- How to fund a life of adventure: Alastair Humphreys
- What does Brexit mean for your finances and rights?
- Are tax returns too taxing – and should you do one?
- Has Santander killed off current accounts with benefits?
- Making the Money Work: Olympic boxer Anthony Ogogo
- Does the watchdog have a plan to finally help savers?
- Making the Money Work: Solo Atlantic rower Kiko Matthews
- The biggest stories of 2019: From Woodford to the wealth gap
- Does the Boris bounce have legs?
- Are the rich really getting richer and poor poorer?
- It could be you! What would you spend a lottery win on?
- Who will win the election battle for the future of our finances?
- How does Labour plan to raise taxes and spend?
- Would you buy an electric car yet – and which are best?
- How much should you try to burglar-proof your home?
- Does loyalty pay? Nationwide, Tesco and where we are loyal
- Will investors benefit from Woodford being axed and what next?
- Does buying a property at auction really get you a good deal?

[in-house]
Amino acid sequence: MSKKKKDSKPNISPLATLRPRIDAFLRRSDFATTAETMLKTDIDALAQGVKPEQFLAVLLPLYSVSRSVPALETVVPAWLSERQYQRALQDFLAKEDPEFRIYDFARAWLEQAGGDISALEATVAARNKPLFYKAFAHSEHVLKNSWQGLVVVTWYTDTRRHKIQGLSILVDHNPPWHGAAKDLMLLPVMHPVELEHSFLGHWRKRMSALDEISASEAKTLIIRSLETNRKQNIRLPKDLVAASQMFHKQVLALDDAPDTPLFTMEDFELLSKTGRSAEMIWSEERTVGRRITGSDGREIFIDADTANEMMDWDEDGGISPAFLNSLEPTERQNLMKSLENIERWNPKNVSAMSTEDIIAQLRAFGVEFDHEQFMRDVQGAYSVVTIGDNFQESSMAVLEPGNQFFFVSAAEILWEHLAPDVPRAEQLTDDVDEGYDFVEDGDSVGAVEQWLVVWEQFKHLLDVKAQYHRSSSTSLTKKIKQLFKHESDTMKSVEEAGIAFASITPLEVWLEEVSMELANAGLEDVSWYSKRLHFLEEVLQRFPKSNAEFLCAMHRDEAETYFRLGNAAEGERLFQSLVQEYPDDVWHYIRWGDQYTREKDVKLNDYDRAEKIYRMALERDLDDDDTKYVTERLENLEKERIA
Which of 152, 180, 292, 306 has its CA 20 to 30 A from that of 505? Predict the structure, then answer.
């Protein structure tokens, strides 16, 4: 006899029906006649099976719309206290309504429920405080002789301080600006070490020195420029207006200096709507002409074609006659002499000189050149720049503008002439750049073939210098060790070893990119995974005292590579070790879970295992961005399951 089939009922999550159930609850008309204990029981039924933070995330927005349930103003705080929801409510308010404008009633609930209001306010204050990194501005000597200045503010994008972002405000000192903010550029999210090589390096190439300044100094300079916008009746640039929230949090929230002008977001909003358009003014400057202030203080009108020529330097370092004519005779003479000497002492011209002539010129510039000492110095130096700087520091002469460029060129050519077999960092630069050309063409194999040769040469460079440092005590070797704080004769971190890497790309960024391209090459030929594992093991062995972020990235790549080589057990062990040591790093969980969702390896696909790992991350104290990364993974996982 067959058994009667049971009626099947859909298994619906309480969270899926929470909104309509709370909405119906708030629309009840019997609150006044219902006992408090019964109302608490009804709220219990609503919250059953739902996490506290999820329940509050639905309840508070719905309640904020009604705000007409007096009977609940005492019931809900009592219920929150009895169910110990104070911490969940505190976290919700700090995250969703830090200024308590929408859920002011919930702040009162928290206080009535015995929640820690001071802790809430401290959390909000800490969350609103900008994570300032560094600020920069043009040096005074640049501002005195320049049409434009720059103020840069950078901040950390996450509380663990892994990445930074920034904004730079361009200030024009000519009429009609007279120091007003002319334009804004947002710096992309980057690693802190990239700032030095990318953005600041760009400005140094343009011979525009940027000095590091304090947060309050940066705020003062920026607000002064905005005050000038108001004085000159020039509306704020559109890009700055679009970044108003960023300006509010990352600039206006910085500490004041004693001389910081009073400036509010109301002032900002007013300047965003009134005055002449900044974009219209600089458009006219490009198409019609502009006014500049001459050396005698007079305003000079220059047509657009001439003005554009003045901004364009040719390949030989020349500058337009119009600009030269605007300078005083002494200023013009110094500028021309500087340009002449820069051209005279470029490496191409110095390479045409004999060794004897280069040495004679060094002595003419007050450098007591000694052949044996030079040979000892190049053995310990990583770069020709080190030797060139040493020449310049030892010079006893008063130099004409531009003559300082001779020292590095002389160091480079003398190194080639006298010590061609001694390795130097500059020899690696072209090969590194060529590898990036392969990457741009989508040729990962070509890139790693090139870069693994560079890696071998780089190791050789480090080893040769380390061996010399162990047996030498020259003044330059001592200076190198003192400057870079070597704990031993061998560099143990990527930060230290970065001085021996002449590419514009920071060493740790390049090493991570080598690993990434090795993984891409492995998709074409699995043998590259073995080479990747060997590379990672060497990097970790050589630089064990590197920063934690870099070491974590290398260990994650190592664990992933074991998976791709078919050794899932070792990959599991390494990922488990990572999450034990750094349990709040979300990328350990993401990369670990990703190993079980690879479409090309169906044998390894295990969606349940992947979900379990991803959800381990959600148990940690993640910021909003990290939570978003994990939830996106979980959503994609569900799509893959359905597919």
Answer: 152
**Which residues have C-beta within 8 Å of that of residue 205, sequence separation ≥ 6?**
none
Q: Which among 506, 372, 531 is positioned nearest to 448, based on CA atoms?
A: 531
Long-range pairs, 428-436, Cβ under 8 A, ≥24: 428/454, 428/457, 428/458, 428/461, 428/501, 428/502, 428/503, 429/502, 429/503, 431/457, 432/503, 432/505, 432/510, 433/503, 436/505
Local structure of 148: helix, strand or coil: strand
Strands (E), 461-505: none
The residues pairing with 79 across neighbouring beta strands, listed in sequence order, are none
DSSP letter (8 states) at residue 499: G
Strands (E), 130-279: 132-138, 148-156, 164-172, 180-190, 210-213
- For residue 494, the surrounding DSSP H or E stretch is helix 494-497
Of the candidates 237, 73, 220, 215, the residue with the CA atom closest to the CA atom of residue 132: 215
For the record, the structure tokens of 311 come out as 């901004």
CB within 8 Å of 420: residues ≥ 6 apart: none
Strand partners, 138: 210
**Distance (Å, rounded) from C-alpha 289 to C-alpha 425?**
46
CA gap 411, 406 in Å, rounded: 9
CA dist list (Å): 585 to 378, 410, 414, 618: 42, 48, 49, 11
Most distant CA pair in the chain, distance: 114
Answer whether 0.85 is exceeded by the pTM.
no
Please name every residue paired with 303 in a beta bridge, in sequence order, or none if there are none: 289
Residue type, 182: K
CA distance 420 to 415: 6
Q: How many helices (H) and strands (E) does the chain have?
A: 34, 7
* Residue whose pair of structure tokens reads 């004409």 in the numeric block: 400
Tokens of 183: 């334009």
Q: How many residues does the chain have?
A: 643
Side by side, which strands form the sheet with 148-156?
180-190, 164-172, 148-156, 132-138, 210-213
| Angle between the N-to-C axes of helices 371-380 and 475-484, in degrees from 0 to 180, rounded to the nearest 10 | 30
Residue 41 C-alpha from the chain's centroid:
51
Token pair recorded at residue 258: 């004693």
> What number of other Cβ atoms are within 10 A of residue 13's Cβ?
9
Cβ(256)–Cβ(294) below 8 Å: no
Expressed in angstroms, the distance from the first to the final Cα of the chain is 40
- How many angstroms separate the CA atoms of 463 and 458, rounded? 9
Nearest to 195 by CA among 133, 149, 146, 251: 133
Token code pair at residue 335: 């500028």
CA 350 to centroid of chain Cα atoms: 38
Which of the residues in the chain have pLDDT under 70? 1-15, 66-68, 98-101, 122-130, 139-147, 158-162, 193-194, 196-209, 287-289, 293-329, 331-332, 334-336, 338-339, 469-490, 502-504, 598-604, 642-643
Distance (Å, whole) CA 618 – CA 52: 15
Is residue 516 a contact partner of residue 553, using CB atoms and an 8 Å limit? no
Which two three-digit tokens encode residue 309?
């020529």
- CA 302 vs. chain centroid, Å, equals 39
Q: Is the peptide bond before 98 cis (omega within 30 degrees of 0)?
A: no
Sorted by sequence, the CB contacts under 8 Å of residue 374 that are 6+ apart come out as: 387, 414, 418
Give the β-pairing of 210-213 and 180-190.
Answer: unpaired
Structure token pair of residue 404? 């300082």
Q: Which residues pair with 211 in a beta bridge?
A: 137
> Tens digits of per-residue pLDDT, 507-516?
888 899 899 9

- Crunch time for Brexit, but should you protect or try to profit?
- How much do you need to save into a pension?
- Is a tough property market the best time to buy a home?
- Should investors and buy-to-letters pay more tax on profits?
- Savings rate cuts, buy-to-let vs right to buy and a bit of Brexit
- Do those born in the 80s really face a state pension age of 75?
- Can consumer power help the planet? Look after your back yard
- Is there a recession looming and what next for interest rates?
- Tricks ruthless scammers use to steal your pension revealed
- Is IR35 a tax trap for the self-employed or making people play fair?
- What Boris as Prime Minister means for your money